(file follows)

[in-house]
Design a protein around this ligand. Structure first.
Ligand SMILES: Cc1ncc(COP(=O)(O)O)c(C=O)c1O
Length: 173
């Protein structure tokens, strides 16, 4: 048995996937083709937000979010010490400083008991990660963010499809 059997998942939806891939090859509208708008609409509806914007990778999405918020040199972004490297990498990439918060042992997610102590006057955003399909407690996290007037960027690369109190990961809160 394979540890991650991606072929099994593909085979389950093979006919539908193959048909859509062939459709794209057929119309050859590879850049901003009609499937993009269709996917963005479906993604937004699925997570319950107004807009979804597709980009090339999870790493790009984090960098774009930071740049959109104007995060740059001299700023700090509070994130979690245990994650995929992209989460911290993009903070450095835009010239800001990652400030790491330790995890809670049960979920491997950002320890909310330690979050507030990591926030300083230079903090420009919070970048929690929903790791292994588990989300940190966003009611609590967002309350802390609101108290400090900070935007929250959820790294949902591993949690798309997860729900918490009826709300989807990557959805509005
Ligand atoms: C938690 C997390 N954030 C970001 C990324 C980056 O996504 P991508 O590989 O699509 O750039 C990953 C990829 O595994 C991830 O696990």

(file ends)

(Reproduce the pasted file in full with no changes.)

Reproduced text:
[in-house]
Design a protein around this ligand. Structure first.
Ligand SMILES: Cc1ncc(COP(=O)(O)O)c(C=O)c1O
Length: 173
């Protein structure tokens, strides 16, 4: 048995996937083709937000979010010490400083008991990660963010499809 059997998942939806891939090859509208708008609409509806914007990778999405918020040199972004490297990498990439918060042992997610102590006057955003399909407690996290007037960027690369109190990961809160 394979540890991650991606072929099994593909085979389950093979006919539908193959048909859509062939459709794209057929119309050859590879850049901003009609499937993009269709996917963005479906993604937004699925997570319950107004807009979804597709980009090339999870790493790009984090960098774009930071740049959109104007995060740059001299700023700090509070994130979690245990994650995929992209989460911290993009903070450095835009010239800001990652400030790491330790995890809670049960979920491997950002320890909310330690979050507030990591926030300083230079903090420009919070970048929690929903790791292994588990989300940190966003009611609590967002309350802390609101108290400090900070935007929250959820790294949902591993949690798309997860729900918490009826709300989807990557959805509005
Ligand atoms: C938690 C997390 N954030 C970001 C990324 C980056 O996504 P991508 O590989 O699509 O750039 C990953 C990829 O595994 C991830 O696990």